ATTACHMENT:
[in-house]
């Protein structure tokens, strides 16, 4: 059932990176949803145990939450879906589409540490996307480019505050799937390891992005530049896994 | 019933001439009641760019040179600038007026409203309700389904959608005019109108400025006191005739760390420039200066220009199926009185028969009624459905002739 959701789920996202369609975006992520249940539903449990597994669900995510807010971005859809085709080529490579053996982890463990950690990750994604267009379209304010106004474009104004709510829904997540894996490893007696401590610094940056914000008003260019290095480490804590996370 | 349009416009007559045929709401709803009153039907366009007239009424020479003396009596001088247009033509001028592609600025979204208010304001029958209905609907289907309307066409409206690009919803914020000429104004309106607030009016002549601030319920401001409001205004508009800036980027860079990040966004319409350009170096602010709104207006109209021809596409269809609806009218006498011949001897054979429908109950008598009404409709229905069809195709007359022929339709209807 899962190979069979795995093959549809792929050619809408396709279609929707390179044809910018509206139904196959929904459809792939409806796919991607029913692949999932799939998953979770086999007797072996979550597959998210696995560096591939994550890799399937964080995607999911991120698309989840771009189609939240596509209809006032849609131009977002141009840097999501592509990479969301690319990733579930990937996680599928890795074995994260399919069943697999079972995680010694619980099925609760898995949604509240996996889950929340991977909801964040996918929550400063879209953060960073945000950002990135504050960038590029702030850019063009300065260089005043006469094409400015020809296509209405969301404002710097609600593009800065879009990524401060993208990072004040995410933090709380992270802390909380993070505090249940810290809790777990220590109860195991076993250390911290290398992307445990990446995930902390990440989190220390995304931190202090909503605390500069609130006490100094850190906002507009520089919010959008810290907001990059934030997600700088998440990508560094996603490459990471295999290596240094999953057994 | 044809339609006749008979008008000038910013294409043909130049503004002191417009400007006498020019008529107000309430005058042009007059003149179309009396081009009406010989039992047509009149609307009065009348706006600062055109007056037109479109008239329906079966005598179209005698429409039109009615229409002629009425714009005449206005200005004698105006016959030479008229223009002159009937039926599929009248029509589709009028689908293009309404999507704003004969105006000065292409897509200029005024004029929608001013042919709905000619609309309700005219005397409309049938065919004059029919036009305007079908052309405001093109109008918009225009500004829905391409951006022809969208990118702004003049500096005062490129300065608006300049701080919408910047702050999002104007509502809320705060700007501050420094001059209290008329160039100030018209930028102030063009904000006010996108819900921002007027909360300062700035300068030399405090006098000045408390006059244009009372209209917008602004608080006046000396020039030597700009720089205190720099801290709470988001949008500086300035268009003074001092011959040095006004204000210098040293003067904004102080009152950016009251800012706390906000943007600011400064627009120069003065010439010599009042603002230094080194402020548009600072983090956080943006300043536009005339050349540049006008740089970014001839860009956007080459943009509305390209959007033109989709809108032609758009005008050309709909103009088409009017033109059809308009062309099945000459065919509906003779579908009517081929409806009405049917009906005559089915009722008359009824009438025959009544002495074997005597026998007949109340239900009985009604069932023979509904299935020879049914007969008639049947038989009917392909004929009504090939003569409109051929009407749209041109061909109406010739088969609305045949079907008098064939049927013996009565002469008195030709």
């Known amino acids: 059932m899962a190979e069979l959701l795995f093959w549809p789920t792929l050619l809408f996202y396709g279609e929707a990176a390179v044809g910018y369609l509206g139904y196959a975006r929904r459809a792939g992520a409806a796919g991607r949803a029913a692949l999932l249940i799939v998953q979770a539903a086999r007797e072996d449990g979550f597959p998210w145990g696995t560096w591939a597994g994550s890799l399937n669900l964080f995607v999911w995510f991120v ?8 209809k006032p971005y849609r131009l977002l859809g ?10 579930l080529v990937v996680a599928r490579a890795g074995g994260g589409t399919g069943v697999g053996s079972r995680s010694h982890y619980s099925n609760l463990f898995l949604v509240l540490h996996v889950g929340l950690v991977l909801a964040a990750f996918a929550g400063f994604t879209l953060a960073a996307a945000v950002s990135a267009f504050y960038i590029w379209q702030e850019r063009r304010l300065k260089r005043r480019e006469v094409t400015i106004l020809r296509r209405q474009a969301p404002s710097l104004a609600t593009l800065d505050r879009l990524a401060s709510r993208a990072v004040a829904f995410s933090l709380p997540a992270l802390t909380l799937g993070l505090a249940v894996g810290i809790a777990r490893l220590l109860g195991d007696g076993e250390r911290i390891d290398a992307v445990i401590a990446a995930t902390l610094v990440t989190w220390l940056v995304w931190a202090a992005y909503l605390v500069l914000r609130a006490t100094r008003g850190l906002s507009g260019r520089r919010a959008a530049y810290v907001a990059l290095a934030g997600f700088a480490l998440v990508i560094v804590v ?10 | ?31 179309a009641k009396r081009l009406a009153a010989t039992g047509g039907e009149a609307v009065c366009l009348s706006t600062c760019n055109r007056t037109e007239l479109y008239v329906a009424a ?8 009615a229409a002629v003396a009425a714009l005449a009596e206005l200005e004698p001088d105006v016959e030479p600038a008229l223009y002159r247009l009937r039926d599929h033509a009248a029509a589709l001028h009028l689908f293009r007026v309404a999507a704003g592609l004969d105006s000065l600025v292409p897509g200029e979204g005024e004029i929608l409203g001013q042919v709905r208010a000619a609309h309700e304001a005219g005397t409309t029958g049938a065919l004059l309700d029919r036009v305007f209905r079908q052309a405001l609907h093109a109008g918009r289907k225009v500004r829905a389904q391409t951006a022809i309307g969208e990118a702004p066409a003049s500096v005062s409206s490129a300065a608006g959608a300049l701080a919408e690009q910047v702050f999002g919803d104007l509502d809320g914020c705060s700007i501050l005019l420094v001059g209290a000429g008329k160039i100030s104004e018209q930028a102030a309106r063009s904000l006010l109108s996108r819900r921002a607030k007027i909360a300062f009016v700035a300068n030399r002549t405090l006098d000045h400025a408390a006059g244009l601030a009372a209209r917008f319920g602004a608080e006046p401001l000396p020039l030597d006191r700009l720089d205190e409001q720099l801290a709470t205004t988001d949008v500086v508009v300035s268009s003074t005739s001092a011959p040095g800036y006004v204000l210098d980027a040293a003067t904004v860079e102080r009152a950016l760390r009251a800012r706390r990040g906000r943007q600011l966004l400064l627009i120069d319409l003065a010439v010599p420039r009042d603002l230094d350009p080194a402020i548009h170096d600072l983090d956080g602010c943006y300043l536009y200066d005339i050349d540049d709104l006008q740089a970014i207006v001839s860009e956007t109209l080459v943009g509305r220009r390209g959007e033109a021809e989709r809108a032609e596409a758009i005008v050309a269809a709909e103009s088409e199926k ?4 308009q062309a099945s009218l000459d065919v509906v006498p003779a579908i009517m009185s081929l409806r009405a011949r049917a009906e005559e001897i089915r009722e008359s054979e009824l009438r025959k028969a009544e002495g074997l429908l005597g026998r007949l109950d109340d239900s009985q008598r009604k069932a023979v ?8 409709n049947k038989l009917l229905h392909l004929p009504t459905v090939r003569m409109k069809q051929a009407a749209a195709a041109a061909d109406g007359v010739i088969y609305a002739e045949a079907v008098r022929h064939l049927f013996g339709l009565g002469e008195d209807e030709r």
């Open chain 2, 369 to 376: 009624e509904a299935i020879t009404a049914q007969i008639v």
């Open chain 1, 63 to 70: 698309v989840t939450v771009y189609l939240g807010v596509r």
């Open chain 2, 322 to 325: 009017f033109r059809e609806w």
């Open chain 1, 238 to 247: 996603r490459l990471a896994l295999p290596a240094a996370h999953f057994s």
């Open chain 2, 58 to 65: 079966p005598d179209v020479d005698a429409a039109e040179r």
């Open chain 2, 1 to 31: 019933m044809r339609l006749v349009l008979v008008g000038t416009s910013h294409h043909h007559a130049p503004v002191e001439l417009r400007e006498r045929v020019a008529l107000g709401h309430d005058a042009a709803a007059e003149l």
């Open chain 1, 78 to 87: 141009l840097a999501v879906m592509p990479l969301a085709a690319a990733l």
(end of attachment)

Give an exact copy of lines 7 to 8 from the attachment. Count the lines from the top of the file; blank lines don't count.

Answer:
């Open chain 1, 238 to 247: 996603r490459l990471a896994l295999p290596a240094a996370h999953f057994s």
């Open chain 2, 58 to 65: 079966p005598d179209v020479d005698a429409a039109e040179r």